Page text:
I second those sentiments.  A free and democratic society is no place for someone like Gov. Carcieri.

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Gestational Surrogates Win Custody In New Jersey And Michigan

Gestational surrogates in two states, New Jersey and Michigan, have successfully won custody of the children to whom they gave birth.  Unlike standard surrogacy arrangements, gestational surrogacy is an arrangement where the birth mother agrees to carry the pregnancy to delivery after having been implanted with an embryo to which she typically has no genetic relationship.  For an excellent discussion of surrogacy laws and arrangements, both in the U.S. and internationally, you can link to a Wikipedia article here.

In the New Jersey case, Angelia G. Robinson agreed in 2006 to carry a fertilized embryo for her brother and his same-sex partner, which they had fertilized with the partner’s sperm.  Subsequently, raising allegations that she was coerced into the arrangement, Angelia sought custody of the child.  Superior Court Judge Francis Schultz sided with Angelia, relying primarily on an earlier New Jersey Supreme Court case, In re Baby M. (1988) 109 N.J. 396, 536 A.2d 1227.  A PDF copy of the Baby M. case is in the Box for those interested.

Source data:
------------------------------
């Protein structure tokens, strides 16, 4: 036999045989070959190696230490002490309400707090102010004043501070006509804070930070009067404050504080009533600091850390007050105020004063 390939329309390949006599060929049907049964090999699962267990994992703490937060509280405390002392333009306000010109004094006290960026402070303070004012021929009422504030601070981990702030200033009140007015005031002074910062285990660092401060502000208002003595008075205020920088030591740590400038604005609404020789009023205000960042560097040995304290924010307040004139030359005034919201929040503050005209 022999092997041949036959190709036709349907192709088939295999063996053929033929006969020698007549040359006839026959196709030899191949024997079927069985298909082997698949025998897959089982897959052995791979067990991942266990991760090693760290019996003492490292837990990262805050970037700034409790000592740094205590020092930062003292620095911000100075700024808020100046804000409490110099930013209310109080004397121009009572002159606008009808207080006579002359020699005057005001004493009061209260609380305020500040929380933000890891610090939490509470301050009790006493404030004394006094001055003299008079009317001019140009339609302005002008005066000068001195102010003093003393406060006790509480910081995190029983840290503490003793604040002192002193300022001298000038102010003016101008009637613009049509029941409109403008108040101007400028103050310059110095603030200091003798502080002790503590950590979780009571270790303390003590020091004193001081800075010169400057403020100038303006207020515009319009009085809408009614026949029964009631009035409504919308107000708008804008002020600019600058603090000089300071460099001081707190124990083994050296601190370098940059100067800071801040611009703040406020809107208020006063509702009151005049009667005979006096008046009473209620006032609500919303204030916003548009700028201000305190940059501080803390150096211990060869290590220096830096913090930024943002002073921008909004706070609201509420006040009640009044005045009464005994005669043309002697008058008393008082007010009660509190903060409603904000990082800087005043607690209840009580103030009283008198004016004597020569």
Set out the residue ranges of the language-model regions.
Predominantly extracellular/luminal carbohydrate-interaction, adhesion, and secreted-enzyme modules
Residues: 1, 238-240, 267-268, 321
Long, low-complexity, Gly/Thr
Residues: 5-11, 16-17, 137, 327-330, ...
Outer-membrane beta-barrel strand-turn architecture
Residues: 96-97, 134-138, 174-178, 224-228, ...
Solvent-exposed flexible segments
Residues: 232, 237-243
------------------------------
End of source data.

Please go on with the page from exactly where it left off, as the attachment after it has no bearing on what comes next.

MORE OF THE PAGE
In a similar development, Michigan couple Amy Kehoe and her husband Scott arranged for the use of a gestational surrogate, Laschell Baker, after acquiring an egg and sperm from third parties.  Baker successfully sought custody of the twins borne of the pregnancy, claiming that she took action upon learning that one of the parents had been treated for mental illness.

An excellent discussion and comments on these cases can be found at Jonathan Turley‘s blog here.  Another excellent article can be found at The Huffington Post, written by Jacob M. Appel, here.

What are your thoughts on these kinds of cases?  Should Angelia have won any custody rights when she was not biologically related to the child?  Are these cases examples of CIVIL RIGHTS or CIVIL WRONGS?